not require the affiants to present valid identification cards since he knows them
personally. Heneraline Brosas and Herizalyn Brosas Pedrosa are sisters-in-law while Elmer
Alvarado is the live-in houseboy of the Brosas family.
Since the facts are not contested, the Court deems it more prudent to resolve the case
instead of referring it to the Integrated Bar of the Philippines for investigation.
Indeed, Atty. Revilla, Jr. violated the disqualification rule under Section 3(c), Rule IV of the
2004 Rules on Notarial Practice. We agree with him, however, that his violation is not a
sufficient ground for disbarment.

As we said, Atty. Revilla, Jr.s violation of the disqualification rule under Section 3(c), Rule IV
of the 2004 Rules on Notarial Practice is not a sufficient ground to disbar him. To our mind,
Atty. Revilla, Jr. did not commit any deceit, malpractice, gross misconduct or gross immoral
conduct, or any other serious ground for disbarment under Section 27, 8 Rule 138 of the
Rules of Court. We recall the case of Maria v. Cortez 9 where we reprimanded Cortez and
disqualified him from being commissioned as notary public for six months. We were
convinced that said punishment, which is less severe than disbarment, would already
suffice as sanction for Cortezs violation. In Cortez, we noted the prohibition in Section 2(b),
Rule IV of the 2004 Rules on Notarial Practice that a person shall not perform a notarial act
if the person involved as signatory to the instrument or document (1) is not in the notarys
presence personally at the time of the notarization and (2) is not personally known to the
notary public or otherwise identified by the notary public through a competent evidence of
identity. Cortez had notarized a special power of attorney without having the alleged
signatories appear before him. In imposing the less severe punishment, we were mindful
that removal from the Bar should not really be decreed when any punishment less severe
such as reprimand, temporary suspension or fine would accomplish the end
desired.1wphi1

Considering the attendant circumstances and the single violation committed by Atty.
Revilla, Jr., we are in agreement that a punishment less severe than disbarment would
suffice.
WHEREFORE, respondent Atty. Quirino P. Revilla, Jr., is REPRIMANDED and DISQUALIFIED
from being commissioned as a notary public, or from performing any notarial act if he is
presently commissioned as a notary public, for a period of three (3) months. Atty. Revilla, Jr.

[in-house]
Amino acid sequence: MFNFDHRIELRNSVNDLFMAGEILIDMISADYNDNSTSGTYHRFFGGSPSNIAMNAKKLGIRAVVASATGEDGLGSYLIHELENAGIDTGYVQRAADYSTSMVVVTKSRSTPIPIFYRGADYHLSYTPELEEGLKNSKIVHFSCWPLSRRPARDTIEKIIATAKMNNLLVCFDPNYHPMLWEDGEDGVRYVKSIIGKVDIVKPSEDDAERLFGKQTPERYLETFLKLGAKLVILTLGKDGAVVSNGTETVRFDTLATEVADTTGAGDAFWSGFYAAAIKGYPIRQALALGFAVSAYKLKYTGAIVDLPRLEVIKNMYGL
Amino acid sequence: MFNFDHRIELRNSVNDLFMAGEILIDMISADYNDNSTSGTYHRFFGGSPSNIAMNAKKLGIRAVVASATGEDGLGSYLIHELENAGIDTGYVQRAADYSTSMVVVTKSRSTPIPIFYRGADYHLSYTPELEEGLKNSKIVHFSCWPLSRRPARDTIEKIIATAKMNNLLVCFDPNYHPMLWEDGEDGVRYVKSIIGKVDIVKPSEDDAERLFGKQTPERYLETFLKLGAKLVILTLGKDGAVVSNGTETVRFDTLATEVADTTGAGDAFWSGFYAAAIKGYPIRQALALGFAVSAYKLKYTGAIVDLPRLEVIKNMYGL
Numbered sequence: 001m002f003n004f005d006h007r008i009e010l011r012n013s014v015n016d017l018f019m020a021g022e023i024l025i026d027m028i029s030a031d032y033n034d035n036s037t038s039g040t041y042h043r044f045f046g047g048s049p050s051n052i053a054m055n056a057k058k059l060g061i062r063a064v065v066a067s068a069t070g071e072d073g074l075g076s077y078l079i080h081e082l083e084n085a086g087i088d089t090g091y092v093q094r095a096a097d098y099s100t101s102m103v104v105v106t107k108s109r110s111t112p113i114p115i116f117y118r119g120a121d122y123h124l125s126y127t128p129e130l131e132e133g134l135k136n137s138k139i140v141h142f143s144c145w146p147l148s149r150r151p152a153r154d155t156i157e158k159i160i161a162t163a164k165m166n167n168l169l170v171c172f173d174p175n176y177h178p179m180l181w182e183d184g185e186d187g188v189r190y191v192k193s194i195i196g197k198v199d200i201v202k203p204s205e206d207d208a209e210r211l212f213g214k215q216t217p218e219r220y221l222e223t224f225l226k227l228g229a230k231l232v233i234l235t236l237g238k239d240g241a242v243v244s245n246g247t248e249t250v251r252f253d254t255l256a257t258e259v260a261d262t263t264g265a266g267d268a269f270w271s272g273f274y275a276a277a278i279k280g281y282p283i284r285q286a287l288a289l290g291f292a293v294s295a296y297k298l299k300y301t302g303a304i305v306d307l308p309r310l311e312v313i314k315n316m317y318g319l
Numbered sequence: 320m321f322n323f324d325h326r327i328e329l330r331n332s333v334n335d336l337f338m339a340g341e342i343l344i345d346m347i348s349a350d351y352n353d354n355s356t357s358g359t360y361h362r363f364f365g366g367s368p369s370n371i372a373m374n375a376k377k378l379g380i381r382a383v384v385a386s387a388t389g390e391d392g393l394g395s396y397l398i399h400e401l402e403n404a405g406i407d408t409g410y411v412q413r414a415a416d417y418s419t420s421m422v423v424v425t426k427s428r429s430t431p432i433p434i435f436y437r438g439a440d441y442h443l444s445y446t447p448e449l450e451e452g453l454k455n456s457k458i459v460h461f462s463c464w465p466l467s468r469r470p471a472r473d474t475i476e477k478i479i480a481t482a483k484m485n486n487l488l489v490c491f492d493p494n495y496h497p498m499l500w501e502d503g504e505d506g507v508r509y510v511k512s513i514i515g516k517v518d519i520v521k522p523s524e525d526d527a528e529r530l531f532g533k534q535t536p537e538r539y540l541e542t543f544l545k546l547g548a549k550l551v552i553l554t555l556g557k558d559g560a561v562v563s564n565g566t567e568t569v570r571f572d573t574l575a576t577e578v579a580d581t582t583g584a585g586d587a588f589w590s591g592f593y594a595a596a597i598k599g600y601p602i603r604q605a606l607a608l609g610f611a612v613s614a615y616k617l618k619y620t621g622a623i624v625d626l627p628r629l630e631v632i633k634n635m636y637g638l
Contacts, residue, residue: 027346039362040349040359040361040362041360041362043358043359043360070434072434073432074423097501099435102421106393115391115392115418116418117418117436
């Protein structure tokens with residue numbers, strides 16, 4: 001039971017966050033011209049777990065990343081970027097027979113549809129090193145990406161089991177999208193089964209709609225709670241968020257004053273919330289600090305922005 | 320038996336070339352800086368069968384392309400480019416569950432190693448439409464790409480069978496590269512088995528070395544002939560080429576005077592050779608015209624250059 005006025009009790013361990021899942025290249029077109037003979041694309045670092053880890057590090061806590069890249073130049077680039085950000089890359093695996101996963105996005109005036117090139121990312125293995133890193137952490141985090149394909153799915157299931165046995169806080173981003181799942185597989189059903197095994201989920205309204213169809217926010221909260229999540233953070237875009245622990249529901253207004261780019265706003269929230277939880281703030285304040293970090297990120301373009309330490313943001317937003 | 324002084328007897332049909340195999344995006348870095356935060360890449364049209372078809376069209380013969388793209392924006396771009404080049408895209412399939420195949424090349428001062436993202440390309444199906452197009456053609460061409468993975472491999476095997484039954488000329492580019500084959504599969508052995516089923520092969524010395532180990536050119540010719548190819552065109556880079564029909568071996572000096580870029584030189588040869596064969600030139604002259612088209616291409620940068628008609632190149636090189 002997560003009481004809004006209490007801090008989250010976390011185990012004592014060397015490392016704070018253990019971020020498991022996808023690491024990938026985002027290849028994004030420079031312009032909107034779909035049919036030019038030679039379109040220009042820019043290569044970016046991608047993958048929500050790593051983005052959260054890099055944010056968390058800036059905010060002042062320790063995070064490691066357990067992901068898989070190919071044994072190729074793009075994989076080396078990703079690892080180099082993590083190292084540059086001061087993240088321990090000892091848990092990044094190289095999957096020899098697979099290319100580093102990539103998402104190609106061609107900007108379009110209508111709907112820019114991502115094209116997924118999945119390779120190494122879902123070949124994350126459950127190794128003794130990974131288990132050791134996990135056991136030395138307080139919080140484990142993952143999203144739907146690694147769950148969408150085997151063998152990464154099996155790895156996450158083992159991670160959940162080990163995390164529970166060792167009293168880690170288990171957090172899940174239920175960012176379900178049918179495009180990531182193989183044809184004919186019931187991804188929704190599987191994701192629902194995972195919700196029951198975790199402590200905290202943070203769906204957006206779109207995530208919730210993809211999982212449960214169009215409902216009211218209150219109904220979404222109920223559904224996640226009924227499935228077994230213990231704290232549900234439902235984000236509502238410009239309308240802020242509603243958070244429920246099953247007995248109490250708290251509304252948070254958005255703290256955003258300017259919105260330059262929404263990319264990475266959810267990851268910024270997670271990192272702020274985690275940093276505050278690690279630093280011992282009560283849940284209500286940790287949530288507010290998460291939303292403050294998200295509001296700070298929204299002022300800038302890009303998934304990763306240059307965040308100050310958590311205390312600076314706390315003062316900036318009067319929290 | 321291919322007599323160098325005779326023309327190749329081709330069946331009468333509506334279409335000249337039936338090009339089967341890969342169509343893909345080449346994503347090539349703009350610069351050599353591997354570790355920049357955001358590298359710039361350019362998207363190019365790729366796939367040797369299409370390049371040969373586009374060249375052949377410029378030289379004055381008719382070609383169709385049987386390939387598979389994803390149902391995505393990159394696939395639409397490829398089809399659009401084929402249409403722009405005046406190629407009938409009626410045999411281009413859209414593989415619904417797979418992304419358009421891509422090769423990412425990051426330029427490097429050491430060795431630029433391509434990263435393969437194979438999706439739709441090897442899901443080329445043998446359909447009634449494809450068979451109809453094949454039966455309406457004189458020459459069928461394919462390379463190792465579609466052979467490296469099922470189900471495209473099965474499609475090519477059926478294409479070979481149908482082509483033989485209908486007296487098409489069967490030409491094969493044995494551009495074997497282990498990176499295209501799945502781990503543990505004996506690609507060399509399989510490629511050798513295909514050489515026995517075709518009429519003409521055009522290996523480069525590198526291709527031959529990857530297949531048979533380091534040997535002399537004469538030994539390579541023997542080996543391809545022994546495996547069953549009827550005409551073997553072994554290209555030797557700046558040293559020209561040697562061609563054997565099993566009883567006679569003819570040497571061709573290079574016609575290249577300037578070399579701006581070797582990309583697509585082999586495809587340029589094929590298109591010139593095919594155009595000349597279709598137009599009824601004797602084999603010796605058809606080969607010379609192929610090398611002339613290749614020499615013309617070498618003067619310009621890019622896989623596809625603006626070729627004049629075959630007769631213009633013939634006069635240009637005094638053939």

is further DIRECTED to INFORM the Court, through an affidavit, once the period of his
disqualification has lapsed.
SO ORDERED.

On November 20, 2001, the respondents filed their Joint Comment[3] dated October 6,
2001. According to them, the allegations in the Complaint that the Bons did not understand
the contents of the Waiver and Quitclaim and that they did not personally appear to
acknowledge the same before Arcangel indicate that the cause of action is based on
alleged intrinsic defects in the document. As such, only the parties to the
document, i.e., the Bons, whose rights were violated can file the Complaint. Being a
stranger to the allegedly defective document, the complainant cannot file
the Complaint. Besides, Maria Bon Borjal and Rafael Bon-Canafe who are co-signatories to
the Waiver and Quitclaim both declared in their Joint Affidavit[4] that Ziga thoroughly
explained the contents of the Waiver and Quitclaim to the Bons before they signed the
document. The subscribing witnesses, Rogelio Bon-Borjal and Nida Barrameda, also
declared in their Joint Affidavit[5] that the contents of the document were explained to the
signatories.
The respondents also aver that it is difficult to believe that the Bons did not
understand the contents of the document they were signing since Amalia and Angelina Bon
are both high school graduates, while Teresa Bon is a college graduate. [6] Further, the fact
that the Bons admit having accepted P5,000.00 from Ziga to sign the Waiver and
Quitclaim precludes them from questioning the document.

ALFREDO BON, complainant, vs.


ARCANGEL, respondents.

ATTYS. VICTOR S. ZIGA and ANTONIO A.

DECISION
TINGA, J.:
On May 9, 2001, Alfredo Bon (complainant) filed a Complaint[1] dated April 3, 2001 for
disbarment against the respondents, Attys. Victor S. Ziga (Ziga) and Antonio A. Arcangel
(Arcangel). Allegedly, the respondents, conspiring with each other and with the use of